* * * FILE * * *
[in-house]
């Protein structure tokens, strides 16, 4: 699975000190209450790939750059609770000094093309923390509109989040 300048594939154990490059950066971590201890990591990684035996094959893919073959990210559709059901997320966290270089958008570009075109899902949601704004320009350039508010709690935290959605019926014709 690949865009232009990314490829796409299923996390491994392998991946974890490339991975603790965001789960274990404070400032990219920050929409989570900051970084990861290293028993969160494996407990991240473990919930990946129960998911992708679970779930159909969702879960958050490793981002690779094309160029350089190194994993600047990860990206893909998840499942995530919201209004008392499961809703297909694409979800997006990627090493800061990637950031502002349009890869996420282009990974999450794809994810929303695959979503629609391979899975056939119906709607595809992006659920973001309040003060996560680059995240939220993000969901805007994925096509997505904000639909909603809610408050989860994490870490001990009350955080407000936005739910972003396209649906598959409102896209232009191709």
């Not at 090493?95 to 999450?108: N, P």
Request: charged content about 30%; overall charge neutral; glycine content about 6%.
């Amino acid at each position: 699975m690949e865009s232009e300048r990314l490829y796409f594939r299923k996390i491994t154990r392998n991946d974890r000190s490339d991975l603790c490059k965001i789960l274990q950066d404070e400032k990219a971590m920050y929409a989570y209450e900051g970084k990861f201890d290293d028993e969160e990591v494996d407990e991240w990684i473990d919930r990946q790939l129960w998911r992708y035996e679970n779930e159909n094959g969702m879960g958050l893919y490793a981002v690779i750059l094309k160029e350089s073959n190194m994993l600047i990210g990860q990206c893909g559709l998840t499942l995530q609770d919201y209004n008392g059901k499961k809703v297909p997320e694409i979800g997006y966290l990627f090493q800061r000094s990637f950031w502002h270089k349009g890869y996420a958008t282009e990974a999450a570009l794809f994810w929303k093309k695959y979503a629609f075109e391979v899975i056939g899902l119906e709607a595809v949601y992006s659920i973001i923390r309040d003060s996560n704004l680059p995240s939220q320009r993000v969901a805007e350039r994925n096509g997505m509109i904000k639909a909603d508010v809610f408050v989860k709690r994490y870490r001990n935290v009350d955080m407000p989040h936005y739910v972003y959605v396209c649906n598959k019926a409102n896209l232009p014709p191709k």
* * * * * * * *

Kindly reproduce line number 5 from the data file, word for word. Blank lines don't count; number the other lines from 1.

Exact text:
């Amino acid at each position: 699975m690949e865009s232009e300048r990314l490829y796409f594939r299923k996390i491994t154990r392998n991946d974890r000190s490339d991975l603790c490059k965001i789960l274990q950066d404070e400032k990219a971590m920050y929409a989570y209450e900051g970084k990861f201890d290293d028993e969160e990591v494996d407990e991240w990684i473990d919930r990946q790939l129960w998911r992708y035996e679970n779930e159909n094959g969702m879960g958050l893919y490793a981002v690779i750059l094309k160029e350089s073959n190194m994993l600047i990210g990860q990206c893909g559709l998840t499942l995530q609770d919201y209004n008392g059901k499961k809703v297909p997320e694409i979800g997006y966290l990627f090493q800061r000094s990637f950031w502002h270089k349009g890869y996420a958008t282009e990974a999450a570009l794809f994810w929303k093309k695959y979503a629609f075109e391979v899975i056939g899902l119906e709607a595809v949601y992006s659920i973001i923390r309040d003060s996560n704004l680059p995240s939220q320009r993000v969901a805007e350039r994925n096509g997505m509109i904000k639909a909603d508010v809610f408050v989860k709690r994490y870490r001990n935290v009350d955080m407000p989040h936005y739910v972003y959605v396209c649906n598959k019926a409102n896209l232009p014709p191709k």